Sustainable Mobility: the MUSA urban regeneration project starts from the Bicocca neighborhood

It has a positive impact, but the challenge is to involve the most vulnerable groups

Sustainable mobility project: MUSA’s initiative begins in the neighbourhood of Bicocca University. By listening to the hustle and bustle of life in the streets that intersect with the activities of researchers. In May, the event “Moving in Bicocca: Sustainable Mobility within the Neighbourhood” introduced the activities of WP4, proposing some participatory research activities with residents and populations who work, live or experience the neighbourhood. The aim was to gather useful elements for proposing appropriate urban regeneration policies on safety, accessibility, quality of public spaces and nightlife. The event made it possible to gather insights into the problems and strengths of mobility in Bicocca from the perspective of residents and people who experience the area on a daily basis.

The results of this ‘survey’, which included employees, researchers, pensioners, self-employed people, residents and commuters, revealed strengths and weaknesses. On the one hand, valuable data and information on the perceptions and behaviours of the different urban populations in the neighbourhood were collected, and awareness-raising on sustainable mobility issues began. On the other hand, it was difficult to involve the more vulnerable parts of the neighbourhood. Nevertheless, there was positive participation from associations (Bicocca Committee), schools and collaboration with a cultural space (Academy Franco Angeli) in the neighbourhood.

The most frequented meeting places were Hangar Bicocca, Bicocca Village and Parco Nord. The public spaces most mentioned by the workshop participants were Hangar Bicocca and the Bicocca Village shopping centre, recognised as important meeting places for the life of the neighbourhood. Crucial meeting places, even if the shopping centre lacks proximity services amidst the proliferation of restaurants and food outlets. The squares in the university area, including Piazza della Trivulziana, also received positive feedback for the food and leisure facilities they offer. According to the average ratings of the participants, the most appreciated place is Parco Nord, which, due to its location on the north-eastern border, almost outside the neighbourhood, is mentioned by some residents but not by commuters, who tend to use the Greco Pirelli station and Viale Sarca.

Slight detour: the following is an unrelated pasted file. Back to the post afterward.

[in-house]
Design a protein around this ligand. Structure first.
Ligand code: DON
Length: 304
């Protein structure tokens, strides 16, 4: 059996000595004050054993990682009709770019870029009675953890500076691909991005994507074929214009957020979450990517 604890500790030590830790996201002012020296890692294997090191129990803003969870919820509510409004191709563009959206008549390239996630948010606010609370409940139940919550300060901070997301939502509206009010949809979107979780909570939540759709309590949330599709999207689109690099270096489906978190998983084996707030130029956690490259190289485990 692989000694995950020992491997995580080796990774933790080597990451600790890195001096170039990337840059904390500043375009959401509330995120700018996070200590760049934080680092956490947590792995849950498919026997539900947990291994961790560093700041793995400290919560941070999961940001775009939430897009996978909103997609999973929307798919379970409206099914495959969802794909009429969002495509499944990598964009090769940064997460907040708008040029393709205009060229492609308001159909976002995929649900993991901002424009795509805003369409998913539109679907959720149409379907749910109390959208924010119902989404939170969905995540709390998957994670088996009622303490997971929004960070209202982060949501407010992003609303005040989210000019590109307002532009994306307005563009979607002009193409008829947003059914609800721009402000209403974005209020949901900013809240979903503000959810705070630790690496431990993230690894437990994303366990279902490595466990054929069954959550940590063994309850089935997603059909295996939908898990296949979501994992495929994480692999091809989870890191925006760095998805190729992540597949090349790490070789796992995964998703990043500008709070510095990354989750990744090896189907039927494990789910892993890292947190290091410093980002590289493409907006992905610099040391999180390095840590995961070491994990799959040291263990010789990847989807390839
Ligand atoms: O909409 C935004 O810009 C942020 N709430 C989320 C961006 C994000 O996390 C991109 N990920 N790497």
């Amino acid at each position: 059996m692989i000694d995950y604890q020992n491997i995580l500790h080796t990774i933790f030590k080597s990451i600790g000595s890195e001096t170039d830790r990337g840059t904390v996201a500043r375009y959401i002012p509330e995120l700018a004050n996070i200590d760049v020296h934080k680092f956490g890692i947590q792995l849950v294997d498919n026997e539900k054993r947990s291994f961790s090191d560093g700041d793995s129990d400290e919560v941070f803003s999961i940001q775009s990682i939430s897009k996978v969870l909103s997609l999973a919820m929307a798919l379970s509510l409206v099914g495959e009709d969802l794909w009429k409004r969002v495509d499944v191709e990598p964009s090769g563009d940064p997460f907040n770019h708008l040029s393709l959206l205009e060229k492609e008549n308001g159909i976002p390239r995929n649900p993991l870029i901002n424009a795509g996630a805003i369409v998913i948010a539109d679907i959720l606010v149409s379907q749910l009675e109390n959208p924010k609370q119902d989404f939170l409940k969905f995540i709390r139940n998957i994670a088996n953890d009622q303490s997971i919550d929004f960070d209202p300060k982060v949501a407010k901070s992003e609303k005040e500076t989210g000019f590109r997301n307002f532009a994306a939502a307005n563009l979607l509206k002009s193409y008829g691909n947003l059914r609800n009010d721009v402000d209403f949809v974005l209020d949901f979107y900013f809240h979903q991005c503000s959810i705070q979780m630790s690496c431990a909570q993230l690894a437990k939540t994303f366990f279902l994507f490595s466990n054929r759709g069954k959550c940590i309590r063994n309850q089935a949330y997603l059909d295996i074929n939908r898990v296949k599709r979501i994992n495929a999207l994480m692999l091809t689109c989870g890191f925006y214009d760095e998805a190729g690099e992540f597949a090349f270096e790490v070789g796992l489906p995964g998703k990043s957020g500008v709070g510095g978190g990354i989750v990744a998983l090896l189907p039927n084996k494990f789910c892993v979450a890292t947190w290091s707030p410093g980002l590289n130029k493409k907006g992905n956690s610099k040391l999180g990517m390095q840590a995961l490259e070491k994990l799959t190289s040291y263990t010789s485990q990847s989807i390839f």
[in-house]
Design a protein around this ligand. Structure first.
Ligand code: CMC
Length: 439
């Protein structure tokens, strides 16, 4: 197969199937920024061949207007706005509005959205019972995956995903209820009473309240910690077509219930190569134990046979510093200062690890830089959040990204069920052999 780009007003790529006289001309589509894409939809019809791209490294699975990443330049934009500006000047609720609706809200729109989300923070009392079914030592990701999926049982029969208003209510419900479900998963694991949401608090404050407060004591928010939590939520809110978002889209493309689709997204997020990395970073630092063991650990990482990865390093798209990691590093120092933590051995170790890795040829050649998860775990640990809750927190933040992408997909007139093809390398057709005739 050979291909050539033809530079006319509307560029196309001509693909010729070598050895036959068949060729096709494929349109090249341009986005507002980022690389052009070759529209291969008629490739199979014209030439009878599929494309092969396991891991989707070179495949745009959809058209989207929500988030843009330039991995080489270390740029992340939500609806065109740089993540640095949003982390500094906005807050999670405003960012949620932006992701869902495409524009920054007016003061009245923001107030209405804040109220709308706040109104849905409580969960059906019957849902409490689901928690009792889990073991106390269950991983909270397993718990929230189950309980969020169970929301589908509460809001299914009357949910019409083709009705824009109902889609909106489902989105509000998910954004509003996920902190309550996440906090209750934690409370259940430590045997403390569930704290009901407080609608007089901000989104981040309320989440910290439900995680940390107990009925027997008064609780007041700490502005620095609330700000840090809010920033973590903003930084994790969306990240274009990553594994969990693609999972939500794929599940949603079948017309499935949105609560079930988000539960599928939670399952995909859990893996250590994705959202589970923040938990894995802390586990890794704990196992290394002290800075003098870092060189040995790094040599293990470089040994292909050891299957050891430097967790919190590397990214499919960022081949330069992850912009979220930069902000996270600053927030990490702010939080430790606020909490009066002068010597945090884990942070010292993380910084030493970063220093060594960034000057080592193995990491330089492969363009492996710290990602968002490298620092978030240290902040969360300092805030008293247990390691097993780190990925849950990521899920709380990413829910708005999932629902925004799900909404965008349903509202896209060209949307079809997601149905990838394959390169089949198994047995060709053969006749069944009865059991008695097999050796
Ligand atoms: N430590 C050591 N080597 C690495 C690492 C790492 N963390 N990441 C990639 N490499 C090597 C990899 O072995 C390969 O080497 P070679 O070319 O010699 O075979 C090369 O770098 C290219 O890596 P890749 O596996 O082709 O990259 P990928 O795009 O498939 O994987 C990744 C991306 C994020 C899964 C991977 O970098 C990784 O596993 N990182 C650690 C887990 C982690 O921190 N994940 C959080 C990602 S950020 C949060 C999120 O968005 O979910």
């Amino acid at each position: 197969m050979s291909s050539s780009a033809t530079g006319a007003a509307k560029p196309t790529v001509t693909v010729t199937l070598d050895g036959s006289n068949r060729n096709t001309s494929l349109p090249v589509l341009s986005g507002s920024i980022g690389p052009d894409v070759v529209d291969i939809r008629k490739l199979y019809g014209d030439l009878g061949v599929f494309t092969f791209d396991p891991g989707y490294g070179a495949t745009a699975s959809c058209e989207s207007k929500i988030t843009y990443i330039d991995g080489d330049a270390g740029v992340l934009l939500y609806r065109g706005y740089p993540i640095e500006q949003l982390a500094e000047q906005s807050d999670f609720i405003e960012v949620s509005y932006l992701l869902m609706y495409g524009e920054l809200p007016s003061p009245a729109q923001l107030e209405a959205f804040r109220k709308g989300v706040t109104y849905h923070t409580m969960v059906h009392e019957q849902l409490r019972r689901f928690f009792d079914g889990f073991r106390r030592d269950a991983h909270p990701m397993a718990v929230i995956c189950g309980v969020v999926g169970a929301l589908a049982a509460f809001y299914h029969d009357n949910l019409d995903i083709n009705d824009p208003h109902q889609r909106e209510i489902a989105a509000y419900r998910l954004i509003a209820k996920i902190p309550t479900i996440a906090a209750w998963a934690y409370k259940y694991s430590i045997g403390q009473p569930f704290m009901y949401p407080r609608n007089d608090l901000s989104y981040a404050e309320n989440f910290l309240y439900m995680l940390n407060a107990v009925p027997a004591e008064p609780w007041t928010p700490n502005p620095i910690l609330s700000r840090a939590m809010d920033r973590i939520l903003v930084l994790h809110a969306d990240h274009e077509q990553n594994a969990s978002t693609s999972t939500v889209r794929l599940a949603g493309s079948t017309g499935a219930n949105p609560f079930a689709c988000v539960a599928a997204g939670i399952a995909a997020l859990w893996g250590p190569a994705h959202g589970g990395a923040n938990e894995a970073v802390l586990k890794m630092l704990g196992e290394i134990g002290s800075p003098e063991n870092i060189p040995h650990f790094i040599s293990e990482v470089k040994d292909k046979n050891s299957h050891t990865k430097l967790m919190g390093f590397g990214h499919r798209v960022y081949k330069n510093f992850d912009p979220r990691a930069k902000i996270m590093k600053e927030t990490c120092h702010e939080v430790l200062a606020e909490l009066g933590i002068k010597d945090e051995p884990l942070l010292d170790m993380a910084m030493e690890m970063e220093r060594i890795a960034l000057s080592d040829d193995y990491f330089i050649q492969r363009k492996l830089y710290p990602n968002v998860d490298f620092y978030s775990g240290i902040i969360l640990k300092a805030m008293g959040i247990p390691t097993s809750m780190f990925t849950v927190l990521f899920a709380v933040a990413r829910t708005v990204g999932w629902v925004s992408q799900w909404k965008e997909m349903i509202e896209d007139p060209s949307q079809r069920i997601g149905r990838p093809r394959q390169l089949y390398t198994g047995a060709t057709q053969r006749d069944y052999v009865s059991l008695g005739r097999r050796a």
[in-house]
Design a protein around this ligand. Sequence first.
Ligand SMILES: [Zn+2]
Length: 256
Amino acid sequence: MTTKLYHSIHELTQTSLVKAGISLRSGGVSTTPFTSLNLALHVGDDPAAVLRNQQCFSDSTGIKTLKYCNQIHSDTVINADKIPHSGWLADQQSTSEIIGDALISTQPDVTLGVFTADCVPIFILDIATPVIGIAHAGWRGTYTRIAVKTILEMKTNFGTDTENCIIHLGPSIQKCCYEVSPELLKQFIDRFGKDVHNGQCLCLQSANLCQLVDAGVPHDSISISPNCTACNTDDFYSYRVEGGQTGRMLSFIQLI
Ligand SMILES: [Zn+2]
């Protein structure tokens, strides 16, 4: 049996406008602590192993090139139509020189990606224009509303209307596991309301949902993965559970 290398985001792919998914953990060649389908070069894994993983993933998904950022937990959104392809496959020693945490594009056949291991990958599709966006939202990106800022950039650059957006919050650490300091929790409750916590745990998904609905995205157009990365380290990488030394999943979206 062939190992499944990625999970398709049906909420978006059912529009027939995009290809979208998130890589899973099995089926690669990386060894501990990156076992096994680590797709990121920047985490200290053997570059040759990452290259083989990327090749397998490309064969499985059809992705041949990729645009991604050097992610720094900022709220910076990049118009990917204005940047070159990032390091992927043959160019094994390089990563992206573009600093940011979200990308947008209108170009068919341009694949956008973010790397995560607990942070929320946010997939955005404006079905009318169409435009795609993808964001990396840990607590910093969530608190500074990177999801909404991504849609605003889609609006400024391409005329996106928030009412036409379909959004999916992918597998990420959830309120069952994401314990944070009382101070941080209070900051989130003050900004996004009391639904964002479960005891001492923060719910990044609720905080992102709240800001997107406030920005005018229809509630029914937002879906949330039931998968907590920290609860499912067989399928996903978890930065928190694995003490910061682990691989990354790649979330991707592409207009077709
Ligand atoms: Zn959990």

The connection between the most populated areas of the neighbourhood and the park is a concern for residents, as is the quality, accessibility and function of other green spaces. In the neighbourhood, the most frequently mentioned green space is the Cherry Hill, while some spaces closed to the public but potentially usable, such as Vivaio Bicocca and the Bicocca Stadium, were also mentioned. The response from the realities of the neighbourhood was positive, with about twenty people participating in the working groups. The information gathered in the four working groups was processed and mapped using GIS tools.

Well-connected neighborhood but limited communication about university life. From the meeting with the neighborhood, there was satisfaction with the connection services to the rest of Milan thanks to the railway and the metro line. This applies to both commuters working in the area and all residents. However, commuters initially had some difficulty in navigating the area, and residents highlighted the station’s lack of elevators (a barrier especially for the disabled) and restroom facilities.

Residents also pointed out a certain difficulty in accessing university premises, which are hard to enter. They lack a communication channel regarding what happens within the university walls and the neighborhood’s life. All these elements are useful to initiate the urban regeneration work that is at the core of one of the MUSA project’s missions.